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Pineapple firmware in Tp-Link?


K0B4LT
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People have gotten stuff working on TP-link access points its not hard but the features in the new firmware probably will not work. Specific hardware is needed for it

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Their is i a guide that explains how to install the MK4 firmware on a TP-Link MR3020 http://samiux.blogspot.com/2013/05/howto-tp-link-tl-mr3020-as-wifi.html the new MK5 firmware uses custom hard so possibly wouldn't work with the MK5 firmware.

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There may be more to it, but basically the MkV firmware is stock OpenWRT, the ngix webserver with php support and a ton of scripts to enable functionality. I don't think _that_ much is in there that is hardware-specific. Most of what Seb's been doing is to make those scripts squeeze the most out of the stock tools available on the OpenWRT install. It won't be easy to completely replicate it on alternate hardware simply because the scripts in question may very well assume specific hardware is present and/or capable of performing certain tasks which your hardware may not, but in the grand scheme of things it shouldn't be _that_ hard.

Just don't expect to only have to insert a usb stick in a router, reboot, wait 5 seconds and have a Pineapple MkV for cheap.

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There may be more to it, but basically the MkV firmware is stock OpenWRT, the ngix webserver with php support and a ton of scripts to enable functionality. I don't think _that_ much is in there that is hardware-specific. Most of what Seb's been doing is to make those scripts squeeze the most out of the stock tools available on the OpenWRT install. It won't be easy to completely replicate it on alternate hardware simply because the scripts in question may very well assume specific hardware is present and/or capable of performing certain tasks which your hardware may not, but in the grand scheme of things it shouldn't be _that_ hard.

Just don't expect to only have to insert a usb stick in a router, reboot, wait 5 seconds and have a Pineapple MkV for cheap.

As far as i know from research the MK5 is custom hardware i doubt you will find the same board but i don't wanna open mine to find serial numbers to google but im pretty that hak5 really does have a company that is custom making these MK5's Unlike the MK4 which was basically a Alfa Network AP-121u this MK5 is custom.

Much like the Reaver Pro sold by reaver systems i contacted the manufacturer of the Reaver Pro Box they informed me that the hardware is custom made for that reaver pro. I had a guy who contacted me about his reaver pro getting bricked he wanted to reflash but was having problems so to save him money from having to spend $100 to get a new one i contact patton.com which makes the reaver pro hardware for reaver systems.

I thought like everyone else reaver systems was using a Alfa Network AP-121u but its not the guy i was talking to told me that it has 2x the ROM and RAM that a Alfa Network AP-121u has.

As far as i know you can't get a board with that unless you have it custom made.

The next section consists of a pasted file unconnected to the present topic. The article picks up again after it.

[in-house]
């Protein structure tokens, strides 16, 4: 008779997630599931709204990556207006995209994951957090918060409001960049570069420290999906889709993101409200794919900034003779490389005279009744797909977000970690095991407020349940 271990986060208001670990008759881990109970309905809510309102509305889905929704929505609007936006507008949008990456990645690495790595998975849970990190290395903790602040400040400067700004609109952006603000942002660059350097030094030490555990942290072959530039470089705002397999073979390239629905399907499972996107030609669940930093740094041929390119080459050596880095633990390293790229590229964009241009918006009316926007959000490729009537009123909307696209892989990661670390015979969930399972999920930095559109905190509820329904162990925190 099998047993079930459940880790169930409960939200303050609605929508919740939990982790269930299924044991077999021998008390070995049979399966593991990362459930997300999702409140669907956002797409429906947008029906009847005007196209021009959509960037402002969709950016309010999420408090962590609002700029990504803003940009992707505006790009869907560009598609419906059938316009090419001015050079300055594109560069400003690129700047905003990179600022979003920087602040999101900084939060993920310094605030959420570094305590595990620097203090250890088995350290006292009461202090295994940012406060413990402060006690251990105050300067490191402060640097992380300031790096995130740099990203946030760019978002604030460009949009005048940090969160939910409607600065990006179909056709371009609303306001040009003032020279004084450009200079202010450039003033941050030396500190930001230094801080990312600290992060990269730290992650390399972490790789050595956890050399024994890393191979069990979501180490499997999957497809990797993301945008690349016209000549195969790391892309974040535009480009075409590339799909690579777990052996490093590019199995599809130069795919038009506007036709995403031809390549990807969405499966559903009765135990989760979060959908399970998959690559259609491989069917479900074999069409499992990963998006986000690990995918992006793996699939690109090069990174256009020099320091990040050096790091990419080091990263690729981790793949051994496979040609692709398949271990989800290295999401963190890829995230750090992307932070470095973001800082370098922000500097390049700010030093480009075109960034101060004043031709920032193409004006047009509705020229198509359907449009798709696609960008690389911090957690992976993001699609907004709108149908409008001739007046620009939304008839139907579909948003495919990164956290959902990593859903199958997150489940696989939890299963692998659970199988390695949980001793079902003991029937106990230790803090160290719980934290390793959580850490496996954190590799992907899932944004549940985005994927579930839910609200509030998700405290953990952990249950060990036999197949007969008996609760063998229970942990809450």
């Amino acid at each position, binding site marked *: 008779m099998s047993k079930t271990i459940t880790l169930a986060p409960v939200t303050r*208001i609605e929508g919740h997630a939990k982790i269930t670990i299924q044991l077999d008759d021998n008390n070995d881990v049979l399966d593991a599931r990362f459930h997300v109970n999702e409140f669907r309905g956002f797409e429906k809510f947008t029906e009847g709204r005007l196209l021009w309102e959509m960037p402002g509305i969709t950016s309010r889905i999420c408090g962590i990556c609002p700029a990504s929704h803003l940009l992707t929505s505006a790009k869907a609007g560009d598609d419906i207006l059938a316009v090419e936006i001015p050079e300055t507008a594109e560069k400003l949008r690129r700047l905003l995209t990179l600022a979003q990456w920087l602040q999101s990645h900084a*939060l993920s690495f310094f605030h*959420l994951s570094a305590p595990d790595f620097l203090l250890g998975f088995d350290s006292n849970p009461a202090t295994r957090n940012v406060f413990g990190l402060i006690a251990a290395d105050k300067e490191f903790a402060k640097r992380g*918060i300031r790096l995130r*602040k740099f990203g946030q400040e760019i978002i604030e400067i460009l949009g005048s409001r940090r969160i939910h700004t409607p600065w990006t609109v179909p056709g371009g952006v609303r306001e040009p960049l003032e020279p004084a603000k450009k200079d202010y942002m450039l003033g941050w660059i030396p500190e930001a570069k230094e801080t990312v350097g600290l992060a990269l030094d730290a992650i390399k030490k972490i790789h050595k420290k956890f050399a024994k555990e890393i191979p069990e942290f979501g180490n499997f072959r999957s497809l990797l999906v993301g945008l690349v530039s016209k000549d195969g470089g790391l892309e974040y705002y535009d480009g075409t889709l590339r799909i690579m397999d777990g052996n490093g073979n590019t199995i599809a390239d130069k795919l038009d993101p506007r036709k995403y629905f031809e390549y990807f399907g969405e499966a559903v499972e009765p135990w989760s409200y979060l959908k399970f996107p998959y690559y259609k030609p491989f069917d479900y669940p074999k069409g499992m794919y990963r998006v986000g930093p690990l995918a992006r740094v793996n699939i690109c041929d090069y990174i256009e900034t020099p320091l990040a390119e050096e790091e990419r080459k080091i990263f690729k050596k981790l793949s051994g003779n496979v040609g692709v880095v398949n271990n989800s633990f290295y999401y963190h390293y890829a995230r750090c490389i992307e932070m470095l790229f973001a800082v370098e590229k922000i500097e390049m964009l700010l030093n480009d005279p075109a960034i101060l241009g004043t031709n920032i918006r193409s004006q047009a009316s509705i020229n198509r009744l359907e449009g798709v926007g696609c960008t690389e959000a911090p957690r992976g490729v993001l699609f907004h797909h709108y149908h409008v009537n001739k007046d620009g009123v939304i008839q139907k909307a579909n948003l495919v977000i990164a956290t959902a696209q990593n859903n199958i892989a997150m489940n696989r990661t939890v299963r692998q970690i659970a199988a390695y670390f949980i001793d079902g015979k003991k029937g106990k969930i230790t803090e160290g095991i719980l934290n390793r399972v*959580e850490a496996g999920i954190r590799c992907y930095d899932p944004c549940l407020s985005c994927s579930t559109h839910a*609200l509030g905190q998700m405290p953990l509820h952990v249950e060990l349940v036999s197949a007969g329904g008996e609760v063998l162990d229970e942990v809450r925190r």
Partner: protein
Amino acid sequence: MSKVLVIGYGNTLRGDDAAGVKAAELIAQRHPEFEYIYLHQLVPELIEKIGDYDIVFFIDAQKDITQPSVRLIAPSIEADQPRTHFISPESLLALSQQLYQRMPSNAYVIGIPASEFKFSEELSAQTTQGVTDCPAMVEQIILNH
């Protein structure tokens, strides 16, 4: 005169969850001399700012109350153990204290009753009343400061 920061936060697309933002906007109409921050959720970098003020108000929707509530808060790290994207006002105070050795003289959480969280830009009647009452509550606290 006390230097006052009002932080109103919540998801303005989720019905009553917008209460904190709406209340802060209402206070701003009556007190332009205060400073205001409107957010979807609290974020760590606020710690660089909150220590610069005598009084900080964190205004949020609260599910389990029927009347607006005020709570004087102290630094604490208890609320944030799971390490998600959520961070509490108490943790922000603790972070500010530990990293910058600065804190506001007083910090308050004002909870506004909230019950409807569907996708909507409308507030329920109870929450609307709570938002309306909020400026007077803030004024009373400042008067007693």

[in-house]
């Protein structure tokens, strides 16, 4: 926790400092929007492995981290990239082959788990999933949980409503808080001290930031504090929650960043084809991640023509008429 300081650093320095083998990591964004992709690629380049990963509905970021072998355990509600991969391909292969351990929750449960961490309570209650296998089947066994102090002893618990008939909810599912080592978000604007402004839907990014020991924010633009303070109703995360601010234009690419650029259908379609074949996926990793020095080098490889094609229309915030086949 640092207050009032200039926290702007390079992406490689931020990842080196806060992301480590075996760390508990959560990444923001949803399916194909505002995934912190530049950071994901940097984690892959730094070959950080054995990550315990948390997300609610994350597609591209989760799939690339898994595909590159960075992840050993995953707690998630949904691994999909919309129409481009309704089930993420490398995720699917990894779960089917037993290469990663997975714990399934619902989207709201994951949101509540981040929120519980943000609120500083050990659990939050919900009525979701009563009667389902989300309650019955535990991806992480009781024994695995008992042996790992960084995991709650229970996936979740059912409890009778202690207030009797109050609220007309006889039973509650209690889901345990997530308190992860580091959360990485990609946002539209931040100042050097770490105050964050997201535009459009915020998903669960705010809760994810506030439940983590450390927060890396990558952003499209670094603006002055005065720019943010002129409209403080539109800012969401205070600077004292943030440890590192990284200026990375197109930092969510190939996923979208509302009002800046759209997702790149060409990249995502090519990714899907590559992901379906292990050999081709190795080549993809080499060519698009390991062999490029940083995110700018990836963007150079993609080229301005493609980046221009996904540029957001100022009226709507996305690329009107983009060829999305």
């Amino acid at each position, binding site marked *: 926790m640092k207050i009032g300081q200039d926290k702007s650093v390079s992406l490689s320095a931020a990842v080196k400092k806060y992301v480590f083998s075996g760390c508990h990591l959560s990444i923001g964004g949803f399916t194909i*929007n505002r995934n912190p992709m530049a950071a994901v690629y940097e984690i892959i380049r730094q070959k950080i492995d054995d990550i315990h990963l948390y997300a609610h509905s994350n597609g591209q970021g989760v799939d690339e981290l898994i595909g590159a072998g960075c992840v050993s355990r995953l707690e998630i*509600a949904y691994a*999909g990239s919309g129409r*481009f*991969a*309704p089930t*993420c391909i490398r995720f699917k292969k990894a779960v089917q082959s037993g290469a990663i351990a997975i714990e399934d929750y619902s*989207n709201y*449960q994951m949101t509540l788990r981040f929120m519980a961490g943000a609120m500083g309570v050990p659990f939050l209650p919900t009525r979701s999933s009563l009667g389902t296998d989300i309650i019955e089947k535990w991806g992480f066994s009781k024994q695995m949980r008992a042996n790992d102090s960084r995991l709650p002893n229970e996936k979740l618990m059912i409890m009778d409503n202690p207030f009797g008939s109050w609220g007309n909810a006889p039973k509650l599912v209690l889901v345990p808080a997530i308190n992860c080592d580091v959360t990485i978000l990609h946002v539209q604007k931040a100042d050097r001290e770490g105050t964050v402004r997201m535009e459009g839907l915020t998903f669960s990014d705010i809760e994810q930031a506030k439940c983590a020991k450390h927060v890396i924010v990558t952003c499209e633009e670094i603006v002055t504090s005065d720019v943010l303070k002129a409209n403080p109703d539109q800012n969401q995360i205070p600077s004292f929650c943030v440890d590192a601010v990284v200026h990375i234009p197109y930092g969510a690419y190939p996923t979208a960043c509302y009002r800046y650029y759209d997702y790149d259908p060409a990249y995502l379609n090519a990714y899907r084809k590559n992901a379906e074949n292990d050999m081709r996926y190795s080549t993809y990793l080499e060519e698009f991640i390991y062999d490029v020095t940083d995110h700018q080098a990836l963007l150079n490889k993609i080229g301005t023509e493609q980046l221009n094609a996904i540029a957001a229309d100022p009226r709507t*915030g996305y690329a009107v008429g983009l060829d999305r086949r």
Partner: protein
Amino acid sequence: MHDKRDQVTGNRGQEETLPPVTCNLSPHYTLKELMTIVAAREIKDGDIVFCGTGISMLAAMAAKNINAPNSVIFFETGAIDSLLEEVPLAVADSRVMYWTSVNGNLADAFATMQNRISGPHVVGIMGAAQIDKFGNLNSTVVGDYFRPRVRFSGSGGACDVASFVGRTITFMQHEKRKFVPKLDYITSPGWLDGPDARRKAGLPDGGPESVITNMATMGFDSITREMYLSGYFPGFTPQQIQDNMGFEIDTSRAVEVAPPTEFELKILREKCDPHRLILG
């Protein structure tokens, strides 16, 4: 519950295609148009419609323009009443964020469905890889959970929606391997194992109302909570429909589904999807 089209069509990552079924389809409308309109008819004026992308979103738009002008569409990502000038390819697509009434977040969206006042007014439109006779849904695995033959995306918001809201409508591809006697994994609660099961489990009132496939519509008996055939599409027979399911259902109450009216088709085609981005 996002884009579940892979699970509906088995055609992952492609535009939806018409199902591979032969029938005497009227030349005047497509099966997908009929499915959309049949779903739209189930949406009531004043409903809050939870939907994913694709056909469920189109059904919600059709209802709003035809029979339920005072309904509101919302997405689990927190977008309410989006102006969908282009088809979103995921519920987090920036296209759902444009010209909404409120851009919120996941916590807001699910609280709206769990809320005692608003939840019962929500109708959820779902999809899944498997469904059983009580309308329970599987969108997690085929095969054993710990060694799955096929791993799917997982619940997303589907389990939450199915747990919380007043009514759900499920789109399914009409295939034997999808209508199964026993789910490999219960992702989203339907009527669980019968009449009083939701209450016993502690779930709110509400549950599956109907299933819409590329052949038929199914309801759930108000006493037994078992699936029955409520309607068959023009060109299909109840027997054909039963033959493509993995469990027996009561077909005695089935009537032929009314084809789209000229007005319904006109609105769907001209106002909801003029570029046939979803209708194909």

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It's a custom board design, but the hardware on top is nothing special.

Do you buy a new Windows when you replace the MSI mobo in your rig with a Gigabyte one? Even though the Gigabyte one doesn't have sound onboard but does come with 2 additional ram slots? Didn't think so.

The OpenWRT folks see to it the hardware is activated and provided to the software in good working order. Unless they patch the OpenWRT kernel (=Linux kernel) to support the MkV (which I like to think I would've noticed when I tried building the firmware from scratch) the only difference should be how the software responds to the lower-level capabilities of the hardware (supporting injection and what have you).

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It's a custom board design, but the hardware on top is nothing special.

Do you buy a new Windows when you replace the MSI mobo in your rig with a Gigabyte one? Even though the Gigabyte one doesn't have sound onboard but does come with 2 additional ram slots? Didn't think so.

The OpenWRT folks see to it the hardware is activated and provided to the software in good working order. Unless they patch the OpenWRT kernel (=Linux kernel) to support the MkV (which I like to think I would've noticed when I tried building the firmware from scratch) the only difference should be how the software responds to the lower-level capabilities of the hardware (supporting injection and what have you).

The board design is custom so how do you think you're gonna be able to get something that is custom made? You'd need to have the board to be able to make your own. Unless you or know someone who can get you the board and parts and do the soldering i don't see you cloning the hardware that easy.

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The board design is custom so how do you think you're gonna be able to get something that is custom made? You'd need to have the board to be able to make your own. Unless you or know someone who can get you the board and parts and do the soldering i don't see you cloning the hardware that easy.

Let me try that again.

The Pineapple firmware is based on OpenWRT, itself a package based on a Linux kernel and a nice batch of software mostly aimed at being compact and written with cross-platform development in mind since OpenWRT is meant to be run on a plethora of different types of hardware, some tight on RAM, storage and CPU horsepower, some using some really weird CPU instruction set and some really big and very capable machines. OpenWRT runs on all of that, including the Pineapple MkV.

What Seb did is take OpenWRT and configure and then compile it in such a way that it runs on the CPU that resides within the Pineapple (which is easy since that same CPU is used by a number of routers which OpenWRT already supports). He looked at it and saw that it was good.

He then proceeded to include a good batch of really useful and interesting tools that we all know and love to run on our own *nix machines. Things like Karma, ssl-strip, things that would turn a router OS into a security research OS. He looked at again and saw that it was good.